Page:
City Lights Books ($15.95)
by David Nilsen
David Brazil’s new poetry collection Holy Ghost expresses the ideological cacophony of our times and juxtaposes it against the simplicity of human need. Brazil drops Christian spirituality, progressive politics, and a yearning for human connection into a poetic blender and leaves the output a bit jumbled on the page. His thoughts here are like a spray of machine gun fire—chaotic, at times indiscriminate, but impossible to ignore.
He begins the collection in a state of sacred repose in “Prayer,” issuing a litany for friends and inspirations lost; Phillis Wheatley beside Elliott Smith, Shulamith Firestone beside Lou Reed. He ends this with a poignant personal reflection and plea for a recognition of commonality:
Prayer for your soul & my soul & the souls of everyone
we know and love between us,
prayers for all the liberators and
prayers for those in need of liberation,
we are the same people.
Prayer for the soul of David Brazil.
“Prayer” sets the emotional tone for the book, though its earnest, direct approach is rarely revisited. In the hectic scattershot of the following pages, Brazil’s language vacillates between collaged word images that often only hint at meaning and poems that mimic the faith-based verses and hymns of another century, almost precious in their neat rhymes and steady rhythms. The former give the disorienting impression of tuning into the broadcast of public liberal discourse, a million answers to the question “What does our society need?” and not one solution. Brazil’s indictment of these talking points is found within the tonal fuzz of his language, the way true human connection is blockaded by sloganeering and peace is drowned under well-intentioned noise. Within this distortion—in which occasional misspellings are allowed to sit, as if highlighting the shameless and unrevised opinionating of the internet—moments of sincere searching and yearning can be found, brief clippings of truth.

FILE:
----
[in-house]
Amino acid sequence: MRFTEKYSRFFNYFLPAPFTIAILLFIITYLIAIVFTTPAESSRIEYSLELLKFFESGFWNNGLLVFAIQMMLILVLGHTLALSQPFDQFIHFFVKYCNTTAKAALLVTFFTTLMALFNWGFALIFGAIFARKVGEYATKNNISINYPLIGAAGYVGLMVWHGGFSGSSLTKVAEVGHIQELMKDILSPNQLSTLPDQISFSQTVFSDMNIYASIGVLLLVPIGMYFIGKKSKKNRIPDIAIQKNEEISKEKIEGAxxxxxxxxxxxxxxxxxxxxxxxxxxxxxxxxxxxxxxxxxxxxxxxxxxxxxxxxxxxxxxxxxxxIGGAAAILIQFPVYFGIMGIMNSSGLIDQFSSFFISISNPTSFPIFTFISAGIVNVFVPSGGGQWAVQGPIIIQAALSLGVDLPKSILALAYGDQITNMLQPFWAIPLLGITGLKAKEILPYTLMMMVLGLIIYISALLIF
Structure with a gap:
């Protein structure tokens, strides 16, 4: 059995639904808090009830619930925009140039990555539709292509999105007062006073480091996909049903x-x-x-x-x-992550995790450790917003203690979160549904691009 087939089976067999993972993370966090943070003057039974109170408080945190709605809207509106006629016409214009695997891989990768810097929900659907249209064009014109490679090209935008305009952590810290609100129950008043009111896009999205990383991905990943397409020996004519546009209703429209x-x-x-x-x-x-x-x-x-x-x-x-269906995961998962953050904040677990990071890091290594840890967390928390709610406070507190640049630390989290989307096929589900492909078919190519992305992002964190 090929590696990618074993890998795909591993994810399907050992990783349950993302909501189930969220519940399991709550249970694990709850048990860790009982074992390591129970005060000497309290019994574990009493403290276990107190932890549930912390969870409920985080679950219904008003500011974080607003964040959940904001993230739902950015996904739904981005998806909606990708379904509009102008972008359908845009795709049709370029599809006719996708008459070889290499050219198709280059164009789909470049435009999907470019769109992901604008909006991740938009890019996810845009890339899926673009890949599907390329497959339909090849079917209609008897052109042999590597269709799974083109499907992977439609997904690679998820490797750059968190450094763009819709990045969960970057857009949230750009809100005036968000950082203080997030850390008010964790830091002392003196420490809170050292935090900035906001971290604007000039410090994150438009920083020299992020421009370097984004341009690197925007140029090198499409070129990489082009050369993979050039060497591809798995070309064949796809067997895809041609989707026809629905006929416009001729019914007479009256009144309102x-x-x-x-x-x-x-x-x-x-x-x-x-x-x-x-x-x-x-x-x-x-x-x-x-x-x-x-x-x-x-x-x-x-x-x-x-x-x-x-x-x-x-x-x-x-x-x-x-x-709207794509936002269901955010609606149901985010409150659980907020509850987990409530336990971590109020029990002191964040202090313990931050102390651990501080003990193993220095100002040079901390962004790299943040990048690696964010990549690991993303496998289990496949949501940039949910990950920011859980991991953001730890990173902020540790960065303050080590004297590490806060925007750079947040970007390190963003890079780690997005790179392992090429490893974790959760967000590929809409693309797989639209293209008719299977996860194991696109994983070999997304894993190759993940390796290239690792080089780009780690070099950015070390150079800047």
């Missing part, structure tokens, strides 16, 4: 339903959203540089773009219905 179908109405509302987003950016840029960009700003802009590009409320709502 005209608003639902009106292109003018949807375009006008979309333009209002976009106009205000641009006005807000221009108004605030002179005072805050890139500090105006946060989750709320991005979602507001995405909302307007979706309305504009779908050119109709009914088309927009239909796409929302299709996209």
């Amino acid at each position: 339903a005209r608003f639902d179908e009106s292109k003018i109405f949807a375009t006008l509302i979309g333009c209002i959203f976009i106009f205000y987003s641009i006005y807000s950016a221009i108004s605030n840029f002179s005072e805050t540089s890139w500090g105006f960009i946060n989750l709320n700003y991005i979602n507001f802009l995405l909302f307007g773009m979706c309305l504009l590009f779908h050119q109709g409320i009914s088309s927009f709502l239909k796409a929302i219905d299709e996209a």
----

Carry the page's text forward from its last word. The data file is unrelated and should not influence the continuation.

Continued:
In “The Doctrine of the Symbol,” Brazil seems to hint at these buried moments, using them as a cypher for the same searching we must do to find moments of sanctuary in our violent world:
But having sifted up from the woe a grain of remembrance,
temples can be made in any place, to
aid us through the strait.
I’m not the first one to have noticed this,
but you have to look hard amidst all the rubbishes.
Throughout the book are poems by or about the Holy Ghost, or perhaps the “Holy Ghost,” as one gathers this entity is more than a member of the Christian trinity in Brazil’s usage. The Holy Ghost here is human conscience, the better angels of our nature, or, as the poet states plainly toward the end of the book, “the healing force of the universe.” These poems are the ground on which Brazil wrestles his angel, both the heavenly and the human. He loves people and loves God, and is baffled by the impish lack of cooperation both display. In “Holy Ghost Grant,” he writes,
Who dispenses healing from
the folds of hir garment with
is times, the verry syrups yall
cant gather otherwise than incarnation
Humanity is broken, but what we’ve been given—or given the opportunity for, if only we can put ourselves aside to see it—can only be received in this corporeal, temporal state of flaw. In “Thirty-Six,” Brazil writes,
I’m asking you if you have
likewise felt this way and
what you did with it, with sun, with
smoke and human form, to what use then
your most colossal breakfast or these
words you learned your whole life long,
if not to save at last one human soul or
thousands by the echoes that
resound in them from logos always working in
our dormancies . . .
What have you done with sun and smoke and human form? Have you saved one life, made one connection, rescued anyone—yourself included—from the wage-lords, the corporatized identity dealers, the militarized security-peddlers, the billboard preachers leasing personhood with easy monthly payments? Or have you chosen, as Brazil writes in “About the Rainbow Body,” to become
a cop blockading Gill Tract,
defending property against need, quite an action to be
spending your human life doing
Holy Ghost is a songbook of anti-classist marches, a ratatat book of hours for the disenfranchised, but it doesn’t offer its comforts easily, or with easily-quotable snippets. There is digging to be done here to unearth the fragile temple in the rubbish of incarnation.